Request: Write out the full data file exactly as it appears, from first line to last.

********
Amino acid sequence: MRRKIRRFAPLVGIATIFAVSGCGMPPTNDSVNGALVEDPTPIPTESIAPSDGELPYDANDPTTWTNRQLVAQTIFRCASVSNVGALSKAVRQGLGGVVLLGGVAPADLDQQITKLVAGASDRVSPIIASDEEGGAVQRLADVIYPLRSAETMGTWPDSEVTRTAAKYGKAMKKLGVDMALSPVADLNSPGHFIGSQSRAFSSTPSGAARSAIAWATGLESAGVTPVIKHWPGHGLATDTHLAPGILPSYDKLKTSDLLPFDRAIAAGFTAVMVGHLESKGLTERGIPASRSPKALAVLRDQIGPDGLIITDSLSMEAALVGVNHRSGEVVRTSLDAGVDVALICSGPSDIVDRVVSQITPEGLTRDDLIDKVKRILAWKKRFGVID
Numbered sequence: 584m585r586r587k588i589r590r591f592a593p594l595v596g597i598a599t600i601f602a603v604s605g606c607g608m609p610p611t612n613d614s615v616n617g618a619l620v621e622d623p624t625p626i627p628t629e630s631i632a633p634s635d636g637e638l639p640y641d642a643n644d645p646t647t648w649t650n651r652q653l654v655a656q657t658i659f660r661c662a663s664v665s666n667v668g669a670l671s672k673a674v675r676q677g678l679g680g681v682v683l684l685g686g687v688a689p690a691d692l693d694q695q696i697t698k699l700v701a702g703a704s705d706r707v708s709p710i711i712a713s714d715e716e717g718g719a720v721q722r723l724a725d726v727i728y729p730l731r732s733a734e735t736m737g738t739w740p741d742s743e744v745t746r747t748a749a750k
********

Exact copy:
Amino acid sequence: MRRKIRRFAPLVGIATIFAVSGCGMPPTNDSVNGALVEDPTPIPTESIAPSDGELPYDANDPTTWTNRQLVAQTIFRCASVSNVGALSKAVRQGLGGVVLLGGVAPADLDQQITKLVAGASDRVSPIIASDEEGGAVQRLADVIYPLRSAETMGTWPDSEVTRTAAKYGKAMKKLGVDMALSPVADLNSPGHFIGSQSRAFSSTPSGAARSAIAWATGLESAGVTPVIKHWPGHGLATDTHLAPGILPSYDKLKTSDLLPFDRAIAAGFTAVMVGHLESKGLTERGIPASRSPKALAVLRDQIGPDGLIITDSLSMEAALVGVNHRSGEVVRTSLDAGVDVALICSGPSDIVDRVVSQITPEGLTRDDLIDKVKRILAWKKRFGVID
Numbered sequence: 584m585r586r587k588i589r590r591f592a593p594l595v596g597i598a599t600i601f602a603v604s605g606c607g608m609p610p611t612n613d614s615v616n617g618a619l620v621e622d623p624t625p626i627p628t629e630s631i632a633p634s635d636g637e638l639p640y641d642a643n644d645p646t647t648w649t650n651r652q653l654v655a656q657t658i659f660r661c662a663s664v665s666n667v668g669a670l671s672k673a674v675r676q677g678l679g680g681v682v683l684l685g686g687v688a689p690a691d692l693d694q695q696i697t698k699l700v701a702g703a704s705d706r707v708s709p710i711i712a713s714d715e716e717g718g719a720v721q722r723l724a725d726v727i728y729p730l731r732s733a734e735t736m737g738t739w740p741d742s743e744v745t746r747t748a749a750k